A cheaper way to produce hydrogen, meanwhile, involves using methane and carbon capture and storage (CCS). Some experts argue it might make more sense at scale, but might not be as clean. However, research published in February 2019 suggests that hydrogen produced using renewable electricity might be cost competitive and might match CCS within a decade.
But for Orkney, hydrogen via electricity works just fine. The islands already boast one of the highest densities of electric vehicles in the United Kingdom. And most crucially, thanks to sources like tidal and wave energy, Orkney creates more clean electricity that its inhabitants need. Even after exporting to the UK national grid, the islands’ winds, waves and tides generate about 130% of the electricity its population needs – all of it from clean sources.
As electricity is hard to store at a large scale (we still don’t have humongous batteries for whole communities), some wind turbines must switch off on occasions to avoid damaging the power lines to the UK mainland, which can’t be updated cheaply.
Orkney gets its clean energy from sources like tidal and wave energy. This curtailment annoys the Orcadians and it is also expensive for the communities that invest their in clean energy. They would rather keep the turbines moving or, alternatively, find a way to use them. So residents came up with an idea: what if we use surplus clean energy to produce hydrogen?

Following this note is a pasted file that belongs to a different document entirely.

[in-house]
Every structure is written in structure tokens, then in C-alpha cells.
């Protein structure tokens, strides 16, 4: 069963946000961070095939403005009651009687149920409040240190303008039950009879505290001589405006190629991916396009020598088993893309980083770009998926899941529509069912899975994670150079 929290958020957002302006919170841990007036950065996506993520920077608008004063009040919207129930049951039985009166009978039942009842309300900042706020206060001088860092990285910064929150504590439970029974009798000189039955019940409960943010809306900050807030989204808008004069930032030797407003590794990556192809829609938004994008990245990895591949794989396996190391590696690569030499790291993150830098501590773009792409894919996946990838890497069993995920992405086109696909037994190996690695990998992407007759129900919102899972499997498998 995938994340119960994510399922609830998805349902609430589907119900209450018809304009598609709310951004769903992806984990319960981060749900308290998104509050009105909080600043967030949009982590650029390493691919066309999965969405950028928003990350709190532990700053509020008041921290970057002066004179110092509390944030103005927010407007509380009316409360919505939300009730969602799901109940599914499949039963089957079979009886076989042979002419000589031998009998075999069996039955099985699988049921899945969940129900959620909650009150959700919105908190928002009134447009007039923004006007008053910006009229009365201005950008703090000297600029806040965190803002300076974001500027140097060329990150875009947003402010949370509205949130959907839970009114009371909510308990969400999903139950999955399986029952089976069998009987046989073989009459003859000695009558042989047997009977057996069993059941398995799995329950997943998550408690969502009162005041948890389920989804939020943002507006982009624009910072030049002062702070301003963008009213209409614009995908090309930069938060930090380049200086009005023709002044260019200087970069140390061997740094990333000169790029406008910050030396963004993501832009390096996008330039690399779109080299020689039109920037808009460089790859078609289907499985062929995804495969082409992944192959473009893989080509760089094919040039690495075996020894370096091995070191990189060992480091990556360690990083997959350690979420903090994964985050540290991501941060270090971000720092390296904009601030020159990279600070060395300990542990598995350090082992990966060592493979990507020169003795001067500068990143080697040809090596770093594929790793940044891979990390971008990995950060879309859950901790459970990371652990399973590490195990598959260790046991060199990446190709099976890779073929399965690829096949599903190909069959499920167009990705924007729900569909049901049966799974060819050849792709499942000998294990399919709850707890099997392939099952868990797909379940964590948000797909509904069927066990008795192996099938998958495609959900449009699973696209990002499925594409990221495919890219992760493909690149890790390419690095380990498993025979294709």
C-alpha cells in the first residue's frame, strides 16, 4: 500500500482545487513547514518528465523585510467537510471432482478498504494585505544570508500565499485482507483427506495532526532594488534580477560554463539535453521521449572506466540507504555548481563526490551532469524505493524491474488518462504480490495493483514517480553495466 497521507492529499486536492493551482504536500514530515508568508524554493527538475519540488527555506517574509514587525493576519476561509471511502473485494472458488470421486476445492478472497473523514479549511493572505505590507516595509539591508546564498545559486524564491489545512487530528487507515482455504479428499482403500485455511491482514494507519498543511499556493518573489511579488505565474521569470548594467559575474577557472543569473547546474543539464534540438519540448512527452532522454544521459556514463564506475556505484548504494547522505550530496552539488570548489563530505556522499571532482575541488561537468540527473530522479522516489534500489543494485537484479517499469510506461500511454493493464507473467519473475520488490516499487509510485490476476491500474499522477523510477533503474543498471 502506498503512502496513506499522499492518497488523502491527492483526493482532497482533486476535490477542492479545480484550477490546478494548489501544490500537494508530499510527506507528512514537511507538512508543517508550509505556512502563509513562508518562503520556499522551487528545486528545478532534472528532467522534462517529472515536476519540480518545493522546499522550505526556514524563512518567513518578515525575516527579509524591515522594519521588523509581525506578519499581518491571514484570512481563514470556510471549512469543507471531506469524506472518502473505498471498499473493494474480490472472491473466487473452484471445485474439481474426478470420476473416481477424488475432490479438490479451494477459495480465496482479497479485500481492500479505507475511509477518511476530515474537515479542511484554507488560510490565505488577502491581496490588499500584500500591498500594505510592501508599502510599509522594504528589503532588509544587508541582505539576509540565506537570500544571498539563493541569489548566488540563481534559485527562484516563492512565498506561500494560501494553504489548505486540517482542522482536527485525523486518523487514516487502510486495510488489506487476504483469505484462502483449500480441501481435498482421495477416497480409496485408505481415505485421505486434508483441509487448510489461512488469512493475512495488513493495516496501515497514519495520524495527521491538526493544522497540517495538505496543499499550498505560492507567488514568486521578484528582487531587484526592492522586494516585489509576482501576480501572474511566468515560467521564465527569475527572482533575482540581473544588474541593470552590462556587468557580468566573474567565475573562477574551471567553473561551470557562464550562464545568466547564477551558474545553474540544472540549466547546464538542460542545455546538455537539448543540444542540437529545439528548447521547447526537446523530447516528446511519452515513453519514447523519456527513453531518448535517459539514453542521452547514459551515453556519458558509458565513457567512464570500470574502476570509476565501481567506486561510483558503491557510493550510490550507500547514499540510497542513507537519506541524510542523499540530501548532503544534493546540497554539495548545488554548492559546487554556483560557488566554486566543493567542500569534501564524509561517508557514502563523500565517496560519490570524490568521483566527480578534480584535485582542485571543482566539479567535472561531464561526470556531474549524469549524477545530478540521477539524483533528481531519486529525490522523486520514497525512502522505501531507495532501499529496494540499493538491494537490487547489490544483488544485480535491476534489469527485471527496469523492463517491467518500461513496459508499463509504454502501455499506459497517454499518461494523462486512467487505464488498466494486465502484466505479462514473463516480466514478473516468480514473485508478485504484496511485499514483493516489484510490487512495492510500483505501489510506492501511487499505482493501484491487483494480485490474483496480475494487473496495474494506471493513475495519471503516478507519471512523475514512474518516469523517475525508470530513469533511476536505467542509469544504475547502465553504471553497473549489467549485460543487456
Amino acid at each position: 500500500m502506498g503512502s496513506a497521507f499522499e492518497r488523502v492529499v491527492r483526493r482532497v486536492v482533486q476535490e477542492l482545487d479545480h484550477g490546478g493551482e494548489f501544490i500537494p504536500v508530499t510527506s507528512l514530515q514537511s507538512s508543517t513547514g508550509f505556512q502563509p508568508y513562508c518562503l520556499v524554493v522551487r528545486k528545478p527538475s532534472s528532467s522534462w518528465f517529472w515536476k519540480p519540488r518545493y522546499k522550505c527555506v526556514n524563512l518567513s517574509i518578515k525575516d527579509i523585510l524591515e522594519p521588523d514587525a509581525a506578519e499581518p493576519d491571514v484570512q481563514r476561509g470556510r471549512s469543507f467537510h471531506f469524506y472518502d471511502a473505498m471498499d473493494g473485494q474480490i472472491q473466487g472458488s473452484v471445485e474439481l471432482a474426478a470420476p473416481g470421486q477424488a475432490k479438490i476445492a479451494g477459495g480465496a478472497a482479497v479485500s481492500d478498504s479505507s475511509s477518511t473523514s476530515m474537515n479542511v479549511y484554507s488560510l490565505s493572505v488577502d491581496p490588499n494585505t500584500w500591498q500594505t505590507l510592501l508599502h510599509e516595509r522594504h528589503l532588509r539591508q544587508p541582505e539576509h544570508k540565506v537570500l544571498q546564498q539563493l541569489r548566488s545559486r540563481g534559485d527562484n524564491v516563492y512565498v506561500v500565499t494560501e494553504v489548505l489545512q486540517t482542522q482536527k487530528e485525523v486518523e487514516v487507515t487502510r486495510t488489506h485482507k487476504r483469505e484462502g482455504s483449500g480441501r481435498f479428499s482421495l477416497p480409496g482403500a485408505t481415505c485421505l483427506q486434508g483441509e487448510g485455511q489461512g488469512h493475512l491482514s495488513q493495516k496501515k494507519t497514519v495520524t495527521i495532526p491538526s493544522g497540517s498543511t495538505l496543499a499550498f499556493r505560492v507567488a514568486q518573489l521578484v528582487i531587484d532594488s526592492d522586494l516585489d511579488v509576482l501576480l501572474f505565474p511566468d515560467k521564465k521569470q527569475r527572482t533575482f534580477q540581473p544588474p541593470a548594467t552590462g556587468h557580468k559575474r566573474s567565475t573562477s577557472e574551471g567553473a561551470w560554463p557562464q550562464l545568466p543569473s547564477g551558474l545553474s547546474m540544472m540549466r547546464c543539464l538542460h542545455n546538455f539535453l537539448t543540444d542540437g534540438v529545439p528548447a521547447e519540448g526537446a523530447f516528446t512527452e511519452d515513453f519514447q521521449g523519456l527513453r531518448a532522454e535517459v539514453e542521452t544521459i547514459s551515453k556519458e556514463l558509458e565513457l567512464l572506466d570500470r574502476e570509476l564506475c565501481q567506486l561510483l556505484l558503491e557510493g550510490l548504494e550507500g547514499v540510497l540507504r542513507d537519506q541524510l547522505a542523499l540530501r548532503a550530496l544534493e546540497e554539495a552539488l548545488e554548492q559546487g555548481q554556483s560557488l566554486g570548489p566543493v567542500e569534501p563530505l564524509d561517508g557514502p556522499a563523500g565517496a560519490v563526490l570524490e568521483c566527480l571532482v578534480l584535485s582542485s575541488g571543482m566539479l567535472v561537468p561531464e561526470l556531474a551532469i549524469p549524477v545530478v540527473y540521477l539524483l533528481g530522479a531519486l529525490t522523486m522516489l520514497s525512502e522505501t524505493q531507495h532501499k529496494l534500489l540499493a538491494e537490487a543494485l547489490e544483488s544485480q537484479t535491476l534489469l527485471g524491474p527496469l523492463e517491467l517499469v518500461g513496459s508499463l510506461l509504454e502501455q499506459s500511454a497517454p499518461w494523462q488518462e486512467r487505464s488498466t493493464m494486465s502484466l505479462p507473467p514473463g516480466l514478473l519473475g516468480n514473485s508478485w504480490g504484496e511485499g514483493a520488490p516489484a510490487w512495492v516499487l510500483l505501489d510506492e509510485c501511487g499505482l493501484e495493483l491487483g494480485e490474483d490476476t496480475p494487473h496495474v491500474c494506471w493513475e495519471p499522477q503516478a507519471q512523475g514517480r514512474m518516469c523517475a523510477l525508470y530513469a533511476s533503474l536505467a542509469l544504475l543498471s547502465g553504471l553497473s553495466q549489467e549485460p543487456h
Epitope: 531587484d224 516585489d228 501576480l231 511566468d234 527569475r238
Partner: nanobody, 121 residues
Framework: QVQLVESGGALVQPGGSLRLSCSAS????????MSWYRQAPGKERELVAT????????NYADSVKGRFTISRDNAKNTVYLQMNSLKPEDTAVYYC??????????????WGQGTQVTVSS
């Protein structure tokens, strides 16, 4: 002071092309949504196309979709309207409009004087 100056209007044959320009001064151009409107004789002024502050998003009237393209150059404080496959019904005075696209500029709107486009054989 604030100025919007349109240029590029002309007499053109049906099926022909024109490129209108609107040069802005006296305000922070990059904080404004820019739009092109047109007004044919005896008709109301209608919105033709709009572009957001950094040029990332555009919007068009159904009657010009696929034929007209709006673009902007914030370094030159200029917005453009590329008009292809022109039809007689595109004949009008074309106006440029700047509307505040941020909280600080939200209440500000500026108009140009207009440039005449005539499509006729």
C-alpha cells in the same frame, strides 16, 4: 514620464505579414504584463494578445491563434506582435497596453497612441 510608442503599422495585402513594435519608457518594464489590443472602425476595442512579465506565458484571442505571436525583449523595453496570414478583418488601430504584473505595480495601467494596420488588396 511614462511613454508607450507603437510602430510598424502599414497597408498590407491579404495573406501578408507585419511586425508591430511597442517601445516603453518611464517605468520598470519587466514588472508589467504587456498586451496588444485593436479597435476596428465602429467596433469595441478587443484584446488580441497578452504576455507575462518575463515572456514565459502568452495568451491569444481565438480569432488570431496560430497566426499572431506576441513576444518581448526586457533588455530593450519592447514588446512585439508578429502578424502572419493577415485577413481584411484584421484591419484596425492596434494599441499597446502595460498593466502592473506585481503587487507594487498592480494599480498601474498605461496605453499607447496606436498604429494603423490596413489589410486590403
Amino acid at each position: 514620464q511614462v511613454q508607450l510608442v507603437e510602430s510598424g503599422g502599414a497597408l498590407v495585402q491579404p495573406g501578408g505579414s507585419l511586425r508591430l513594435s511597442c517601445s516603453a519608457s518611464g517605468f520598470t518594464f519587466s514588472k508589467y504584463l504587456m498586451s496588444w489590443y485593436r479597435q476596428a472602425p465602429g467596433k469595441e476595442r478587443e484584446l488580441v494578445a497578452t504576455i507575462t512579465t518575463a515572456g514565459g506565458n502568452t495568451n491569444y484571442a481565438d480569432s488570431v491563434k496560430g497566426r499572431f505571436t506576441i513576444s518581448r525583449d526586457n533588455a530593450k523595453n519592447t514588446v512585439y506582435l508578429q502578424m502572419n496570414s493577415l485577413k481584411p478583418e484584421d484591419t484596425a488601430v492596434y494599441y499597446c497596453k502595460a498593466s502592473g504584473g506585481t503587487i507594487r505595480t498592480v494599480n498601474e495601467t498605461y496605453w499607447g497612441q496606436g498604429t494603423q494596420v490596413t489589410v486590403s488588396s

The hydrogen that Lidderdale pumped into the trunk-sized tank sitting behind our backs comes from a long, thin island called Eday, where about 130 people live. Eday had too much clean energy and no way to use it. The island’s population had invested in a community-owned wind turbine in 2012, hoping to sell electricity back into the UK national grid and profit from the green energy revolution. But later that year, the grid operator announced that too many new turbines had sprung up in northern Scotland and that they couldn’t take all the clean energy produced, says James Stockan, Leader of Orkney Islands Council. The island is also where the European Marine Energy Centre (EMEC), the leading global institution for tidal energy, tries new tidal turbines in the rough Scottish waters.